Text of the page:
By Karla Amador
There’s a new tea trend that migrated from across the Pacific to find a home in downtown Los Angeles. This new tea is unlike oolong and boba tea. Have a guess? It’s cheese tea!
Surprised? Jenny Zheng, founder of Little Fluffy Head Café, was too when she first encountered the unique tea during a trip back home to China.
“While I was visiting, I saw tea houses all over selling this type of tea drink,” she says. “The first time I tried the tea was at a tea shop called HEYTea, located in Guangdong Province.”
Cheese tea originates from Taiwan and quickly became popular in mainland China. As of 2017, it’s gained even more popularity in the US.
“The timing was perfect, really. I did not know what I was going to pursue with my degree, I was working part-time at a tea shop, and I loved working with tea. The idea just took off from there,” she says.
“After I earned my Master’s in bioengineering at the University of California in Los Angeles (UCLA), I realized I didn’t want to just find a job. I wanted to challenge myself and own a small business.”
When she decided to pursue her dream, Zheng studied several small business management books to prepare herself for this new challenge. And her bioengineering background proved more useful than one might expect.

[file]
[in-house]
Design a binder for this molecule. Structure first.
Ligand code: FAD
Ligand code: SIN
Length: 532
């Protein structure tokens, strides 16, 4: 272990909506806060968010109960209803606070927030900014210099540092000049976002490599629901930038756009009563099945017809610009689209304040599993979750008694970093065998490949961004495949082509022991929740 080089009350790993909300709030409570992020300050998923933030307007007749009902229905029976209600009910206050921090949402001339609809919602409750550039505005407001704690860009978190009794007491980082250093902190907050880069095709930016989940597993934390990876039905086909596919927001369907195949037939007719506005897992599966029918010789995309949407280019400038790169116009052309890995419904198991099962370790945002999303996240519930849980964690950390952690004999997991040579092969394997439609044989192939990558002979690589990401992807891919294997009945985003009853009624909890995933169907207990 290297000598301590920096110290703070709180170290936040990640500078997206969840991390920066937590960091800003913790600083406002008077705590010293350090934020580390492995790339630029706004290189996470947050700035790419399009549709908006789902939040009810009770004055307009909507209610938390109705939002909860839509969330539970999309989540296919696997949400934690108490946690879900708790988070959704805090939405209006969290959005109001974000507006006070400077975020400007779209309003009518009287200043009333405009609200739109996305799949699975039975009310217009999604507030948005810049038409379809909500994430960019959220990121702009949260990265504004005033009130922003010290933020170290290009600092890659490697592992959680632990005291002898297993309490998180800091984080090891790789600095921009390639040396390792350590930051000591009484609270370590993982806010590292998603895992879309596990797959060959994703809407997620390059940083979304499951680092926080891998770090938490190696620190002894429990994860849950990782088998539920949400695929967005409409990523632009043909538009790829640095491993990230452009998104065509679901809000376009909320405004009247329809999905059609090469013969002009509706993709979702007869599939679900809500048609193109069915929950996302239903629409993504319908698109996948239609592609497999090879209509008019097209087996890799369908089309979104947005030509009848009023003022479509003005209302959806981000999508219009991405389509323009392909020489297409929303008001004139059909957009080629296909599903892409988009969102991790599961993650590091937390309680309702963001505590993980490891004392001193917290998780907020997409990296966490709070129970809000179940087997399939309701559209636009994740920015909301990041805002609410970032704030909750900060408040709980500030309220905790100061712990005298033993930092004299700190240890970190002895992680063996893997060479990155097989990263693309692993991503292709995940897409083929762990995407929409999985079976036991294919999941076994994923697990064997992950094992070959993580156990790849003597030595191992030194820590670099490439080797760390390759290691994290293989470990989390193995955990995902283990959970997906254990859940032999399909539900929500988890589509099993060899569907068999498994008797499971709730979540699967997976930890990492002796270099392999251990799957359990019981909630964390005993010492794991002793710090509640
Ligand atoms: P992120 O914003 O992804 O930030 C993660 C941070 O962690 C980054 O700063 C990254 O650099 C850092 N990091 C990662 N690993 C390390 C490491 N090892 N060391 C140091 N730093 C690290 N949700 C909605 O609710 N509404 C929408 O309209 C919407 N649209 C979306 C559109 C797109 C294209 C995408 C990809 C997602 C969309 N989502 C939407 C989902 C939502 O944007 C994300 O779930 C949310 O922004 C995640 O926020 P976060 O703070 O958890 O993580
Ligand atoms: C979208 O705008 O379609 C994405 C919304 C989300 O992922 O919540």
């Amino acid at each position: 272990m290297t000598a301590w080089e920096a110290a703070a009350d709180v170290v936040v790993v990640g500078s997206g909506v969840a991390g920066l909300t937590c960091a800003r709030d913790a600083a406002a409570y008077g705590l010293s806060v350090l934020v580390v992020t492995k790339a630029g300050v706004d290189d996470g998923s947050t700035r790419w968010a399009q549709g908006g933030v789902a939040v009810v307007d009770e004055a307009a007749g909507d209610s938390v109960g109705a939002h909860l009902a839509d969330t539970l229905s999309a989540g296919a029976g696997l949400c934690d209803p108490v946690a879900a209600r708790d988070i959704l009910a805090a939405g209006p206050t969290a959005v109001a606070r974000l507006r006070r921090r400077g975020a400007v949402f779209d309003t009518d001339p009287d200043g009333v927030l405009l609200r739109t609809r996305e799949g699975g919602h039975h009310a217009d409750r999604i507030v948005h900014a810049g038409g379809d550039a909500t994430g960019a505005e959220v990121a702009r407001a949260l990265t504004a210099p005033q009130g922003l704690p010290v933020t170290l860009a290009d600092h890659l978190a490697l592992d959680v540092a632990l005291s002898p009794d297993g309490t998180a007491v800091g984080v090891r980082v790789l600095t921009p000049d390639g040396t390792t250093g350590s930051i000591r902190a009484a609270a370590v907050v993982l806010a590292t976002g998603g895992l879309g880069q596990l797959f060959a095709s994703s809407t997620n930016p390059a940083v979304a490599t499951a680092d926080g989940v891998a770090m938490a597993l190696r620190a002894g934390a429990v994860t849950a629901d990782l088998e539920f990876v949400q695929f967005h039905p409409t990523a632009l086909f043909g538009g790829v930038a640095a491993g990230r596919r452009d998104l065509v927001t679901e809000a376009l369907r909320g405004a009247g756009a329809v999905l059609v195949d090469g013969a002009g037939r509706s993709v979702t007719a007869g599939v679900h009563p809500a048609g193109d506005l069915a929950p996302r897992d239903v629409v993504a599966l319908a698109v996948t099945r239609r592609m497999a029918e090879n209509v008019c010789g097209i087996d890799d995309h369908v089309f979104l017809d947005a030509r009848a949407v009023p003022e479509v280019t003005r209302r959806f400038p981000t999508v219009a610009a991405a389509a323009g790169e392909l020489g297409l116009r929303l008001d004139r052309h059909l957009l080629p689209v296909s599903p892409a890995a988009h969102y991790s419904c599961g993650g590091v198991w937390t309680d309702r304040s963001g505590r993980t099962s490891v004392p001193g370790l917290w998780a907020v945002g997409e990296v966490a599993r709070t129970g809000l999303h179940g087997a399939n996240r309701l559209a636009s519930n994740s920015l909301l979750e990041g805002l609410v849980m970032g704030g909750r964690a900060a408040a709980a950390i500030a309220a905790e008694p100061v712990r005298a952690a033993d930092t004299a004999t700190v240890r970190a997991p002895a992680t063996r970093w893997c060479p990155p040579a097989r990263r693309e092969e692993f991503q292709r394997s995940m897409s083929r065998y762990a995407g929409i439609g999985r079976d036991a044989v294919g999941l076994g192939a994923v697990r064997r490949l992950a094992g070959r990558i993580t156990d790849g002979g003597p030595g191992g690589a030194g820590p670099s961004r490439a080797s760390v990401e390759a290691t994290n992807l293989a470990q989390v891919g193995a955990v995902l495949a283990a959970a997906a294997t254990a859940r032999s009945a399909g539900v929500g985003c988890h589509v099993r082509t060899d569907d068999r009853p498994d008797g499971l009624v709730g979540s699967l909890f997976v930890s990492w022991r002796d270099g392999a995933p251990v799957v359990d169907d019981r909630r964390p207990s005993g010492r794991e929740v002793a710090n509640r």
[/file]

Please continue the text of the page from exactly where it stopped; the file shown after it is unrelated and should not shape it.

“Studying Bioengineering taught me how to make decisions based on evidence and facts,” she explained. “Also, my testing and research experience enables me to create and experiment with my own cheese tea recipes.”
There were many who doubted whether or not Zheng’s cheese tea café would be successful. The idea of cheese tea was largely unheard of in the US until last year after all. But Zheng didn’t see it that way.
Within three months of opening, Little Fluffy Head Café managed to sell out of 80 percent of its back-stocked products. And business is still going strong.
She explains that keeping up with the high demand is both a reward and a challenge. Thankfully, she has a team of experienced business partners who are helping drive the café’s success.
For people who want to try cheese tea for the first time, Zheng recommends the Dirty Mess, a black milk tea with crème brûlée and Oreo toppings. Or the Original Fluffy Tea, which comes with whipped cream cheese topping.
For the more adventurous there’s the Chedd-cha Matcha. It is an iced matcha latte topped with foamy cheddar.
A word of advice from the expert: “When trying cheese tea for the first time, sip at a 45 degree angle so the cheese and tea can mesh well together,” she explains “Or else, the cheese may turn into curds.”
As a millennial and women of color, Zheng believes that now is an excellent time to pursue your ideas and new opportunities.
“There’s an influx of information available about starting your own small business. Don’t be afraid of entrepreneurship. Now is the best time to go out, explore, and invest in your vision.”